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Short Story: I want to find a dice system where multiple dice are rolled and compared at once, but rolling more dice is only slightly more effective than rolling fewer dice, while still being fairly chaotic no matter how many dice are rolled.


Long Story:

I'm designing a game that involves assigning dice to various cards for bonus stats to those cards. Cards fight, victor wins, etc.

The formula right now involves starting at 5d6, getting a die each time you are hit, up to 10d6.

Problem is, it's hard to balance a card around an expectation of having both one die (a 3.5 average) and 10 dice (35 average). Set an average expectation of "10 points", and now the person with 5 dice is only effective with 1 card, while the person with 10 dice is effective with 3.

We ended up with an issue where it mostly became about dice-trading, where the victor was almost always the one with more dice, as well as the dice mattering more than the card itself. The cards ended up feeling like "placeholders" for stacking dice on rather than strategic choices to invest in.

What we really want is to have the system reward assigning dice to multiple things on the board, so that the game becomes more chaotic and stressful the later into the game it gets, not more predictable or even necessarily much easier for the player with more dice.

We've looked at rolling all the dice you would for a card, keeping your highest roll. The good thing about it was that it was relatively balanced, but it was far too predictable.

We've looked at exploding dice + keeping high, where you keep the highest value + any dice that match it. It was chaotic, but it basically ended up being an excessive "crit" system that we didn't like and wasn't easy to balance.

In case it helps, dice are colored differently for each player.


Does anyone know of a dice resolution system that can do this?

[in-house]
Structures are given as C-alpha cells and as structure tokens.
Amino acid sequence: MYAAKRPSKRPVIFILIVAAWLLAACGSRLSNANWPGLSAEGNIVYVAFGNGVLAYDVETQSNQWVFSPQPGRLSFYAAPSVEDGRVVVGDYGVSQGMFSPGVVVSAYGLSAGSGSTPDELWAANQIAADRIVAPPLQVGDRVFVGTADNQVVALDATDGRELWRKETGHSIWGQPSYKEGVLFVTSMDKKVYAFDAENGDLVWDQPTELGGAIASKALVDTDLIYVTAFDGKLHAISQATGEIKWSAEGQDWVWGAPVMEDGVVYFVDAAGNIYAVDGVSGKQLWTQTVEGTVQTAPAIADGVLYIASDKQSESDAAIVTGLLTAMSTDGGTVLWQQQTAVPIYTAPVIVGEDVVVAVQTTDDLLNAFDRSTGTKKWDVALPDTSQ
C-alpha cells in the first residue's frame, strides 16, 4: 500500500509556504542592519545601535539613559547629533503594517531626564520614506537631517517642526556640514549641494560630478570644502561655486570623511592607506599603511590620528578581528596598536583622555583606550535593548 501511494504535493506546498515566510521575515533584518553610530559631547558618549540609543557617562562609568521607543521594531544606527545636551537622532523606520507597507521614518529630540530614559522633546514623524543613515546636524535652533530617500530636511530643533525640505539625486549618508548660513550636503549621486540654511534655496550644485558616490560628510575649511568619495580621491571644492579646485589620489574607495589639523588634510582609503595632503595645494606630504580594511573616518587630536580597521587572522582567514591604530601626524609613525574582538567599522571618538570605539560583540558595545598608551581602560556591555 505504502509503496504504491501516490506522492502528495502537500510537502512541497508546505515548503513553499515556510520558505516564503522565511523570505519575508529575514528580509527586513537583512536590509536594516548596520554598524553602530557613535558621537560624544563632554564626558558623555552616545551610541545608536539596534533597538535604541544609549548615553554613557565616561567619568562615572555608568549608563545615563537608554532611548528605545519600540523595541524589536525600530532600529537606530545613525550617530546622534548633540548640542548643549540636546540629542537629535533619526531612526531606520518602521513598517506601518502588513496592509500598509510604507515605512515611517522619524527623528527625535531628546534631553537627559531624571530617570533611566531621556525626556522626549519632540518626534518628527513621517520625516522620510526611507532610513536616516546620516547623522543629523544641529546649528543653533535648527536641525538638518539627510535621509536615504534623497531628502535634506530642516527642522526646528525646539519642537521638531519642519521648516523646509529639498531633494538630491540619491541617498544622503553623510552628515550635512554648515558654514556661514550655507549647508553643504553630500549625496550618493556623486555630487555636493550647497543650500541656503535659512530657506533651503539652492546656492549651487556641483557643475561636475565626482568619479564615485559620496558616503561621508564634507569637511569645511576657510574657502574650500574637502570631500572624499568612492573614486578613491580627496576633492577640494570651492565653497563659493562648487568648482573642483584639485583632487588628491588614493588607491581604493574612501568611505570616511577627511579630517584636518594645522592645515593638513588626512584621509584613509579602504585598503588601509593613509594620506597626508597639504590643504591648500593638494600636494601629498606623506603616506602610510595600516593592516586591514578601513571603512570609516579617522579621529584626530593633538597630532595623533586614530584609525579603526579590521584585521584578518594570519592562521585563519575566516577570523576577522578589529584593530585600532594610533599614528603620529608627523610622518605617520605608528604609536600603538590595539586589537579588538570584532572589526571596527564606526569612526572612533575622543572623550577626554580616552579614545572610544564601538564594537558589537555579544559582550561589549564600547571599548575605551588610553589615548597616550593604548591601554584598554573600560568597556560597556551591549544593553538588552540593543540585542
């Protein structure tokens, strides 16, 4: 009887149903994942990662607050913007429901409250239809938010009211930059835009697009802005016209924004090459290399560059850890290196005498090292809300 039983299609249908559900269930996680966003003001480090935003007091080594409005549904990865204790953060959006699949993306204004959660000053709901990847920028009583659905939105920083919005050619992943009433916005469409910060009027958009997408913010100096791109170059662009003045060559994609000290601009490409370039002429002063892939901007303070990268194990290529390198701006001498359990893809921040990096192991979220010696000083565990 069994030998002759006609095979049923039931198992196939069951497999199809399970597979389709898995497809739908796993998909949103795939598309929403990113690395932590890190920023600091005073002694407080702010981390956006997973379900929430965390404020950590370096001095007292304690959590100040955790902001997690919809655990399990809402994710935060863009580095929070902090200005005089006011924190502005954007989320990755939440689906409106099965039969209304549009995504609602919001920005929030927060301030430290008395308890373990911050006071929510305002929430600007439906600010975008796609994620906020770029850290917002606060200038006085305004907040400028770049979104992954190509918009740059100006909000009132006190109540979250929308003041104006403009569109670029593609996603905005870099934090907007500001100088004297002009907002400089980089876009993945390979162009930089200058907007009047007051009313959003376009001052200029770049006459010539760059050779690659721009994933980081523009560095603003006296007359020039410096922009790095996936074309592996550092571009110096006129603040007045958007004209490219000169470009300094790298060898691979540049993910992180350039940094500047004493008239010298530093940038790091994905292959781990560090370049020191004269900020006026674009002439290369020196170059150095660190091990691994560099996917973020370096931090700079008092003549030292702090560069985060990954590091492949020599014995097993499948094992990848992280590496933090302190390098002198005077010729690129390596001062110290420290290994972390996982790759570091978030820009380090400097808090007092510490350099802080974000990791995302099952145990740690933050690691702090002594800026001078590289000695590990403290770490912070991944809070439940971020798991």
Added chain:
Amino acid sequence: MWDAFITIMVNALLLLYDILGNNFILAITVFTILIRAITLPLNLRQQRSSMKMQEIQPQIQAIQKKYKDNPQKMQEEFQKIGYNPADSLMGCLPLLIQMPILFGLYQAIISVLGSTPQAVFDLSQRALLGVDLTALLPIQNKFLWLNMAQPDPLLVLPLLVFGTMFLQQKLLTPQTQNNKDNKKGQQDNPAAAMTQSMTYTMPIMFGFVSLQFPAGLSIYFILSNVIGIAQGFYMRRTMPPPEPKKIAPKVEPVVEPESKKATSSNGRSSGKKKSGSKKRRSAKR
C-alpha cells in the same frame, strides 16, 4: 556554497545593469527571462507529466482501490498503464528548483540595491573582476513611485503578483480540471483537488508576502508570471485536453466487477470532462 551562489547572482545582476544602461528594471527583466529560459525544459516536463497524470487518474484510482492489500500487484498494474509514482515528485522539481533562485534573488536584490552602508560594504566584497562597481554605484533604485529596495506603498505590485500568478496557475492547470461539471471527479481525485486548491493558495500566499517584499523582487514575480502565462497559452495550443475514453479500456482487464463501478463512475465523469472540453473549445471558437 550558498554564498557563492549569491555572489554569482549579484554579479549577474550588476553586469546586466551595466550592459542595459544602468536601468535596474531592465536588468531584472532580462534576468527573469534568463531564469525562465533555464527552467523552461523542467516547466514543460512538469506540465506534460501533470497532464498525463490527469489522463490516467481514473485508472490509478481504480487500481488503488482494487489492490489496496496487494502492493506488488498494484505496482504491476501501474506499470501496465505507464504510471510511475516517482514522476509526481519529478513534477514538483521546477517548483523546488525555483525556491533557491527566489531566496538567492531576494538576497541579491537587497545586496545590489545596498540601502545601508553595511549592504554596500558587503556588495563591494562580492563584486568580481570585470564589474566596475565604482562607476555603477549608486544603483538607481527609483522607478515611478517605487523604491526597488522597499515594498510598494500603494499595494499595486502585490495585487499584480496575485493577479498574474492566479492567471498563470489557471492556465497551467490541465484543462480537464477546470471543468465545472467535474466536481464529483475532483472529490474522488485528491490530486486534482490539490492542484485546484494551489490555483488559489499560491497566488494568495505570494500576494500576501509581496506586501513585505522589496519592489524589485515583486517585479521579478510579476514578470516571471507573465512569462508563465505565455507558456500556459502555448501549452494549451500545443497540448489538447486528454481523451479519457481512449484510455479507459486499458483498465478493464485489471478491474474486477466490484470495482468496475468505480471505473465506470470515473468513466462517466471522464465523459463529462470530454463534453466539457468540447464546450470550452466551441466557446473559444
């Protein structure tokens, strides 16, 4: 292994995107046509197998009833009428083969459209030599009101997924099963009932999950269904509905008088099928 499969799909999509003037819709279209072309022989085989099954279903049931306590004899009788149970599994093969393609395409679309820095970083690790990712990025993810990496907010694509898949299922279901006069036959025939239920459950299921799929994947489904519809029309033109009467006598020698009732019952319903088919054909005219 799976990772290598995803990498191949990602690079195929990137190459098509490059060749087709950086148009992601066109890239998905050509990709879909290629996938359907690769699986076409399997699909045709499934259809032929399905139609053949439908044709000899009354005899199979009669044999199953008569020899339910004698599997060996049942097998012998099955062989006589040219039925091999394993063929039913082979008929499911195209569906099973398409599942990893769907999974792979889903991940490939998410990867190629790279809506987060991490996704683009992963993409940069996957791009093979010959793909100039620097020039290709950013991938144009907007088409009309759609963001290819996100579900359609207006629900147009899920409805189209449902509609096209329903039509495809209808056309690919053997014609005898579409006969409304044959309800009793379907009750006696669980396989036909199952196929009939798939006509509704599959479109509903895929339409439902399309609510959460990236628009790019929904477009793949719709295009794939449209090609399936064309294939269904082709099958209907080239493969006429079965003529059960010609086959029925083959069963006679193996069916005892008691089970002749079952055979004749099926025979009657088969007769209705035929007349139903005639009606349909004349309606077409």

(EDIT) This is the RPG.SE question that turns the resolution method that solved this question (Roll high, add +1 for each match of that die) into an Anydice formula that can be reviewed.

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    One option you could try is having the dice go from 0 to 5. This would make it so that the minimum with 5 dice and 6 dice are both 0. You could alternatively try going from -1 to 4 (or -2 to 3) to add a push your luck element to having more dice..
    – Mosquite
    Oct 9 '20 at 1:06
  • A website like anydice.com will help you calculate complex probabilities including functions for exploding dice. Oct 9 '20 at 7:15
  • What do you mean when you say that the highest value method was "too predictable"? Oct 9 '20 at 7:49
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    @ArcanistLupus Rolling 1d6 has a 33% chance of getting a 5 or higher. Rolling 2d6k1 (2d6, keep 1) has a 55% chance of getting a 5 or higher. Rolling 3d6k1 has a 70% chance of getting a 5 or higher. The more dice you add, the more predictable they get, and this still holds true even if you're only keeping a single die. Oct 9 '20 at 15:15
  • Look into "Pocket Tactics" by Ill Gotten Games. It uses a system of dice rolling where more dice isn't nearly as helpful as simply adding dice amounts together. To summarize it, you roll x amount of dice (x=1-3) and the difficulty/opposing force rolls x amount of dice. You compare the highest results. If the defense is higher, the roll is a failure. If the offence is higher, the roll is a success. If they are tied, move onto the next highest results, comparing them in the same way. Nov 9 '20 at 19:07